At What Point Can Cryptocurrencies Be Considered Ponzi Schemes?
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At What Point Can Cryptocurrencies Be Considered Ponzi Schemes?

Ethereum co-founder Vitalik Buterin explained why some stablecoins can act like Ponzi schemes while others don't.
Neither the author, Michelle Jones, nor this website, The Tokenist, provide financial advice. Please consult our website policy prior to making financial decisions.

When someone evokes the term “Ponzi scheme” in connection with any kind of asset or potentially alleged money-making theme, it’s only natural to start looking for the suckers. As it’s been said numerous times, if you look around the poker table and can’t identify the sucker, then it’s you.

Are Cryptocurrencies Ponzi Schemes?

So what about cryptocurrencies? Perma-bears run the gamut from those who simply argue that they aren’t worth anything to those who think they are nothing but a scam from grifters just waiting to take your money.

On the other hand, perma-bulls see nothing but blue skies for cryptocurrencies, no matter how bad things seem to get. So bitcoin is down by almost 40% year to date. Better buy the dip and hodl (hold on for dear life!). But what about stablecoins? Some would say they’re the future of cryptocurrencies or the bridge between fiat money and crypto.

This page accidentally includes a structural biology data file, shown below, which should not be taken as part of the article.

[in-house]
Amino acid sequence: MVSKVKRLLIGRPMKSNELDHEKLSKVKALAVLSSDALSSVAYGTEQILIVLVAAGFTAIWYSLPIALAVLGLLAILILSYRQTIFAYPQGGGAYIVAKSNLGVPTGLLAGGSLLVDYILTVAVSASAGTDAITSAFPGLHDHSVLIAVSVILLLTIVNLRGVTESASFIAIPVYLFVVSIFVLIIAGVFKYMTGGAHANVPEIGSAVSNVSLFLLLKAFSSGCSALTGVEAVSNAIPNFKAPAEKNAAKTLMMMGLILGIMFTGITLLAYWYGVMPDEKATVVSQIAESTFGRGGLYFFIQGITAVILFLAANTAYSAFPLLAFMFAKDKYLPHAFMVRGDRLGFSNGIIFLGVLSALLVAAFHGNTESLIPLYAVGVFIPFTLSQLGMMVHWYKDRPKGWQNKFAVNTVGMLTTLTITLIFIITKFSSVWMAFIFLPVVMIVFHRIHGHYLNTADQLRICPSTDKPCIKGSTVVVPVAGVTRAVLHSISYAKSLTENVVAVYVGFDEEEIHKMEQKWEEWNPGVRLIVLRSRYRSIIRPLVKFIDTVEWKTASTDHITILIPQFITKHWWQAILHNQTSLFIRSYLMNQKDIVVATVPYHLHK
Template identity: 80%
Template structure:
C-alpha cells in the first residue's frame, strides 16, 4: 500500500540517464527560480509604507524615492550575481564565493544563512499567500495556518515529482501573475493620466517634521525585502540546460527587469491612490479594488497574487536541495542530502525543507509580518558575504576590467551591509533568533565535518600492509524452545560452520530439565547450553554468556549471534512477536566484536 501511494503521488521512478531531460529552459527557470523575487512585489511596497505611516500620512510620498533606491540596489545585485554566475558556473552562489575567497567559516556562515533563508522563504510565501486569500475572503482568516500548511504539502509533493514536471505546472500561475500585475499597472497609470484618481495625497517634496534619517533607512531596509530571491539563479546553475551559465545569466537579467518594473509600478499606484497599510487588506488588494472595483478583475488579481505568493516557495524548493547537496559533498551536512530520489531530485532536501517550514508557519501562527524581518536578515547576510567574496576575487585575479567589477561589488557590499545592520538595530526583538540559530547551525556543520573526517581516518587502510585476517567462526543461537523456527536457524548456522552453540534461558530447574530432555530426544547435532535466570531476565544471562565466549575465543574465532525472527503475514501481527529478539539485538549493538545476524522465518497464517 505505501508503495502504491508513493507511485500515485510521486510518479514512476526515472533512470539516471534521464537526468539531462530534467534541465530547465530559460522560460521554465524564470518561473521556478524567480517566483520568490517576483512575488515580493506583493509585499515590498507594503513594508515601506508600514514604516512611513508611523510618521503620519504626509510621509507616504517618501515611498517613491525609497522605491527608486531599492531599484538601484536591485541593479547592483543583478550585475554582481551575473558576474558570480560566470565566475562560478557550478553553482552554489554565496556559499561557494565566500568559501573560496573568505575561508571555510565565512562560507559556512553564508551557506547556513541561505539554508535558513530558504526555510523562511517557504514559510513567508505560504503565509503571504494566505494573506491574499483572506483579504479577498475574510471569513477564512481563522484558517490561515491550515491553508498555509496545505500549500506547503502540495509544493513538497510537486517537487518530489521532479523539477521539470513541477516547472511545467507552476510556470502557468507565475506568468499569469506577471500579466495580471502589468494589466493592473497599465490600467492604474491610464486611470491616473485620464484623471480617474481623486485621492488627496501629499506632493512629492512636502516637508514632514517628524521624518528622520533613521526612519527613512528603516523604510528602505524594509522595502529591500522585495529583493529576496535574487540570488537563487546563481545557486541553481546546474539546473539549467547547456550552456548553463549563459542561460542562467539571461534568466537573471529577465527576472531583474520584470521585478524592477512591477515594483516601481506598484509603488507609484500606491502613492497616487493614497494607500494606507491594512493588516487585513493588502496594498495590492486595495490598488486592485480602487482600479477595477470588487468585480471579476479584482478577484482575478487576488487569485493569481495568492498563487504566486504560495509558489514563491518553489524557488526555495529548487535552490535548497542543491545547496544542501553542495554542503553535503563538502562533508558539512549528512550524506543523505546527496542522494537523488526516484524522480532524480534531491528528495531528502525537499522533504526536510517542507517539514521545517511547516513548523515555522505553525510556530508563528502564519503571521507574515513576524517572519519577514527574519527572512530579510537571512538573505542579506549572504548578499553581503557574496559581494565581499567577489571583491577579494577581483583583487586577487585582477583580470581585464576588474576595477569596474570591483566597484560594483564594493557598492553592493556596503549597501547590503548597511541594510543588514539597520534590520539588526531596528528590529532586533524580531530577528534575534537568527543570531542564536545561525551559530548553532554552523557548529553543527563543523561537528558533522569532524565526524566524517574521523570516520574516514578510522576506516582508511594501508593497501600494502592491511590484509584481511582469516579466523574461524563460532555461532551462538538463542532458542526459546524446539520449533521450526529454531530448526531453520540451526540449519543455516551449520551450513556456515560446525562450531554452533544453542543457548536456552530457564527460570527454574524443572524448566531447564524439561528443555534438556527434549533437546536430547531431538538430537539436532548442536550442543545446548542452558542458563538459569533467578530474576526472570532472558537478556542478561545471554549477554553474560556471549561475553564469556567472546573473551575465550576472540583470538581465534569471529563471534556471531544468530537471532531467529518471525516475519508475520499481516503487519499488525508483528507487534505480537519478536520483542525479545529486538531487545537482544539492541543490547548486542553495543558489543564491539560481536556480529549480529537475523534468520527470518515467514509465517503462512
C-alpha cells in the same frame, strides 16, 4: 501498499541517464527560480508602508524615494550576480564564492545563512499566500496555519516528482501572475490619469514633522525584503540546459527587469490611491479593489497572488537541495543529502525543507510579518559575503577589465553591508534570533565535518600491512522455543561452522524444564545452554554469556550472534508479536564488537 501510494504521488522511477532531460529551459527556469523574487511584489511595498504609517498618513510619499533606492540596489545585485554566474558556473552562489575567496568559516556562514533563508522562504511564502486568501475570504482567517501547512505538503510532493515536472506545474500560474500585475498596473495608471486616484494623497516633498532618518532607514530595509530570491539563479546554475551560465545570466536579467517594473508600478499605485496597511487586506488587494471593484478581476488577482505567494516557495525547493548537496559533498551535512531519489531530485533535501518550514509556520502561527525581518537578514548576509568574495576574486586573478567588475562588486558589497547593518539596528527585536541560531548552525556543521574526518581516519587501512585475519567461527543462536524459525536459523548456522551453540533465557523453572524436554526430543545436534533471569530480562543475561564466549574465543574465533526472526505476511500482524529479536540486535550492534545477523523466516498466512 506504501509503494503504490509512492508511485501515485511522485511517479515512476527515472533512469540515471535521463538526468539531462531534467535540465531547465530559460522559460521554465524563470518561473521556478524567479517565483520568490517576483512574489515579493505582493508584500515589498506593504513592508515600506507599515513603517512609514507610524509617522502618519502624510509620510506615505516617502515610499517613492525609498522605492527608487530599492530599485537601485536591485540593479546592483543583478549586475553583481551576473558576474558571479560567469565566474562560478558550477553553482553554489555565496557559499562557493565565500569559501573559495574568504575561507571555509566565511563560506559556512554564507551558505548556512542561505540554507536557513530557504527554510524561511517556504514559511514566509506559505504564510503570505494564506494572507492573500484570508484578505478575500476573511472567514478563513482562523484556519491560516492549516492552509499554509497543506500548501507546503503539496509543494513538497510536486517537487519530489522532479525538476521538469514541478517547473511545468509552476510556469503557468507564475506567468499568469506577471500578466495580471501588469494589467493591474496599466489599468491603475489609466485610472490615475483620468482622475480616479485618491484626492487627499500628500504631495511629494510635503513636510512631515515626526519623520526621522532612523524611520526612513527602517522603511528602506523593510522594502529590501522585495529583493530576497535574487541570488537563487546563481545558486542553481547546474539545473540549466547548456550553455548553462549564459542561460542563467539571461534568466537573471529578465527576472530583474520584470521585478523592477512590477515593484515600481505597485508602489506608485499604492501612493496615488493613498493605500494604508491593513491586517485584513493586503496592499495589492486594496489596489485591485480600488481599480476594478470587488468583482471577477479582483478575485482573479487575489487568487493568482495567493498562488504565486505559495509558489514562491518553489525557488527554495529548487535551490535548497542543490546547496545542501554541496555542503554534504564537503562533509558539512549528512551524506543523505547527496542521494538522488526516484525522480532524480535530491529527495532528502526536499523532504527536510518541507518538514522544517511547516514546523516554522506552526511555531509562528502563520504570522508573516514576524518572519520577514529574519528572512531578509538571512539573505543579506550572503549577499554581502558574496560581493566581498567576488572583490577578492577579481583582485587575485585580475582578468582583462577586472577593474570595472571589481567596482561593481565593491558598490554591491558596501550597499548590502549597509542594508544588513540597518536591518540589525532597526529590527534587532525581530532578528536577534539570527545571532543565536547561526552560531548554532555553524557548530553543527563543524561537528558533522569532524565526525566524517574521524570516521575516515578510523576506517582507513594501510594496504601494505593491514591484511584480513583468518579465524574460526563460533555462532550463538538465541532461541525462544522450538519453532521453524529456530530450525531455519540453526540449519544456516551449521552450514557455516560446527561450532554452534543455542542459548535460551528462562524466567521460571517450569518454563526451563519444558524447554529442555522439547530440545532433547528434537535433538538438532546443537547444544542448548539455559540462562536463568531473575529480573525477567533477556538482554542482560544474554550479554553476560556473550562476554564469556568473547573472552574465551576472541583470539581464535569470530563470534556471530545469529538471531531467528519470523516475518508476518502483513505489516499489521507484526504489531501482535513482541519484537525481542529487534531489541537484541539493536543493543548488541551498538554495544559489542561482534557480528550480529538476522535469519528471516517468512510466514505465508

Perhaps not, or at least it depends on how they are structured. The shenanigans involving the so-called stablecoin Terra (UST) should raise some serious questions about cryptocurrencies. Supposedly, Terra was pegged to the U.S. dollar, so one UST should always be worth US$1. However, the “stablecoin” plummeted as low as 26 cents at one point, so that should leave even perma-bulls asking, “Now, how can that be?”

The Terra coin has since been rebranded, but for the sake of this article, I will continue to refer to the now-de-pegged stablecoin previously called Terra by its original name, ignoring the rebranding. (For those who are wondering, the UST coin originally called Terra now trades as USTC under the name TerraClassicUSD.)

Algorithmic Stablecoins